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Be afraid, very afraid: 5 lesser-known technologies coming to a workplace near you

5 December 2017 13:15pm

This year saw a number of jaw dropping tech developments that could have big implications for the workplace as we know it.

The thing is, many may well have slipped under your radar, but may be more than worthy of your attention.

1. Humanyze: Tracking employees in the workplace

You know those id badges that people in proper jobs wear? Well imagine if those innocuous badges now featured microphones and sensors. Imagine if they let your employer know where you are and who you’re talking to. All in the name of productivity mind.

This is what a company called Humanyze is making possible with its social interaction and people analytics platform and it’s already being put to use by a handful of UK banks.

Productivity benefit: 4/10

Fear factor: 10/10

2. IBM and Ricoh: Interactive whiteboards that are all ears

It’s estimated that 90% of all meeting information is lost when a meeting is over. So what’s the solution? Whiteboards that can listen apparently.

That’s why IBM and Ricoh launched the world’s first cognitive whiteboard earlier this year. With a little IBM Watson magic, they’ve created a whiteboard that can become ‘an active meeting participant’ responding to voice commands, taking notes and even translating what people say into other languages.

Could this be the end of meeting room small talk?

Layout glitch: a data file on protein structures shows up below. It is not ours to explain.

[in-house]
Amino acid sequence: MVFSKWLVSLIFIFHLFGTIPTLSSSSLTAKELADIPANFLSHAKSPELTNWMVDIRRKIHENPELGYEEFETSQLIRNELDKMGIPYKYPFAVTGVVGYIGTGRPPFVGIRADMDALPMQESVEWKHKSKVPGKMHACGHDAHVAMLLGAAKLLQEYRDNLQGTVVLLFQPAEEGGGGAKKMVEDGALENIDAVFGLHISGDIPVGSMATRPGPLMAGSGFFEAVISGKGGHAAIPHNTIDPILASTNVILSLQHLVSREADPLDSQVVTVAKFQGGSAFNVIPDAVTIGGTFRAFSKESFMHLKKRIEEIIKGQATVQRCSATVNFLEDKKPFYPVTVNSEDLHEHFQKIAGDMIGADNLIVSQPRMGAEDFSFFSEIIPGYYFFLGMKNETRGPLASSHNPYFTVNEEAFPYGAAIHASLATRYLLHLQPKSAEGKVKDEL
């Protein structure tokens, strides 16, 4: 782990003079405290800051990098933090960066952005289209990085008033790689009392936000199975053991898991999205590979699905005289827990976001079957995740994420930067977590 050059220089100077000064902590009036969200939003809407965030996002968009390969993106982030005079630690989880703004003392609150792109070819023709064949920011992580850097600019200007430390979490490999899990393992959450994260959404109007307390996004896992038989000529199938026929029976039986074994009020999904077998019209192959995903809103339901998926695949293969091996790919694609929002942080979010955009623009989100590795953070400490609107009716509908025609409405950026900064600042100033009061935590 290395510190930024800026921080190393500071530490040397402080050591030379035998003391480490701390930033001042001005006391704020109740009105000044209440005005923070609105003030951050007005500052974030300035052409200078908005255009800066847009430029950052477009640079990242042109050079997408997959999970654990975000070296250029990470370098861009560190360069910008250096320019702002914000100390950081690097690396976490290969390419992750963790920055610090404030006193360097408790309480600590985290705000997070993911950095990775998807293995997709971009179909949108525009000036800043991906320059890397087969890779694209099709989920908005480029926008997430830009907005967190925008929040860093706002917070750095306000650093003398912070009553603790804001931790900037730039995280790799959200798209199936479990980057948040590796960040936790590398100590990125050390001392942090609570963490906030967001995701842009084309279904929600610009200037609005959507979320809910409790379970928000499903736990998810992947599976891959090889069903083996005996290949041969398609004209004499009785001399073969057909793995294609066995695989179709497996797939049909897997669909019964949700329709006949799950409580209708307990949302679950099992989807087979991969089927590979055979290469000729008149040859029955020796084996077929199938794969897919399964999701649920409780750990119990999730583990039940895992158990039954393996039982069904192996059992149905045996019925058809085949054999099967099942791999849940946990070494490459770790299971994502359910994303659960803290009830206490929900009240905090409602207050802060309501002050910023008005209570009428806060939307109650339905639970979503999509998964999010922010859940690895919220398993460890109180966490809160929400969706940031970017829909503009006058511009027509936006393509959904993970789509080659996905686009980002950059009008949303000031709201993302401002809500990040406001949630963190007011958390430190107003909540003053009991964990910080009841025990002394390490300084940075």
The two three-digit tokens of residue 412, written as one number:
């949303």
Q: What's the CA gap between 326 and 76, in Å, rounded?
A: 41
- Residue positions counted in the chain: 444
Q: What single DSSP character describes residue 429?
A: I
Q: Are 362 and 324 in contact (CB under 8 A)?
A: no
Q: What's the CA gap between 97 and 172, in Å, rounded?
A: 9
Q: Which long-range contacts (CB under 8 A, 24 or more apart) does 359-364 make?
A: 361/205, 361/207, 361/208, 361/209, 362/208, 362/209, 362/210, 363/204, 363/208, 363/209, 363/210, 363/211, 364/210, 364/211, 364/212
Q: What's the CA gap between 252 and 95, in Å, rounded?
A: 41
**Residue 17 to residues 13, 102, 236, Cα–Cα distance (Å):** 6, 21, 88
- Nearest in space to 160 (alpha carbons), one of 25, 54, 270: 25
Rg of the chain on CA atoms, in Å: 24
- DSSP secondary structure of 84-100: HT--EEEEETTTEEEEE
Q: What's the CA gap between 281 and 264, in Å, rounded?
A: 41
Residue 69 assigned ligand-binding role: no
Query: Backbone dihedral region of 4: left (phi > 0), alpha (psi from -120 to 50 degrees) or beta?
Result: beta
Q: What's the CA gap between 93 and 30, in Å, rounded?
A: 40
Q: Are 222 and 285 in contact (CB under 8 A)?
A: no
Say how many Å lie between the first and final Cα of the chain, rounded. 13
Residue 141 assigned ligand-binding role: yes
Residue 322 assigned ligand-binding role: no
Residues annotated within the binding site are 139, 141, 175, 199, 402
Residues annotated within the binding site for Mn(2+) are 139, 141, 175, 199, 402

Productivity benefit: 7/10

Fear factor: 4/10

3. Amazon Alexa: Bringing voice recognition to business

It may be one of the most advanced AI powered digital assistants available, but my kids taught it to break wind within 5 minutes of getting it home. Amazon seems no longer content with bringing Alexa to every home though – and is now keen to take on the workplace.

In its launch video Alexa for Business is tasked with scheduling meetings, booking meeting rooms and even pulling up last quarter’s sales reports.

There’s been some doubt as to whether voice recognition systems will ever make headway at work. Read the comments on this BBC article to get a taste of views so far. But surely it’s just a matter of time.

Productivity benefit: 5/10

Fear factor: 8/10

4. Hushme: Putting an end to office eavesdropping

Open plan offices are great. But they’re not very conducive for handling calls of a more sensitive nature. Well that problem has now been addressed by Hushme. Billed as a ‘personal acoustic device that protects speech privacy when speaking on the phone’ – it just looks plain ridiculous. By all accounts it’s not a hoax. I wish it was.

Productivity benefit: 0/10

Fear factor: 0/10

5. AltSpace: virtual reality meetings

Virtual Reality has been looking for a meaningful use case in the workplace for sometime. I suppose it was just a matter of time before the virtual reality meeting moved beyond concept to actual thing.

Google start-up venture AltSpace VR is looking to make VR conferencing a very real and viable possibility for business. Compatible with the majority of smartphones and allowing users to create business avatars that ‘look, sound and even act like your real self – but just a little better’ – who knows we could see the virtual reality meeting finally kicking the conference call into touch.

For anyone who has read ‘Ready Player One’ (highly recommended), I guess it was an inevitability. And as AltSpace says – why VR alone?

Productivity benefit: 9/10

Fear factor: 2/10

Meaningful progress or cause for concern? You decide. Or ask Alexa.

Image courtesy of Dayne Topkin via Unsplash.com

Tags

Amazon Alexa
Google
Virtual Reality (VR)
interactive
IBM
ricoh
smart technology
Amazon Alexa
Google
Virtual Reality (VR)
interactive
IBM
ricoh
smart technology
Amazon Alexa
Google
Virtual Reality (VR)
interactive
IBM
ricoh
smart technology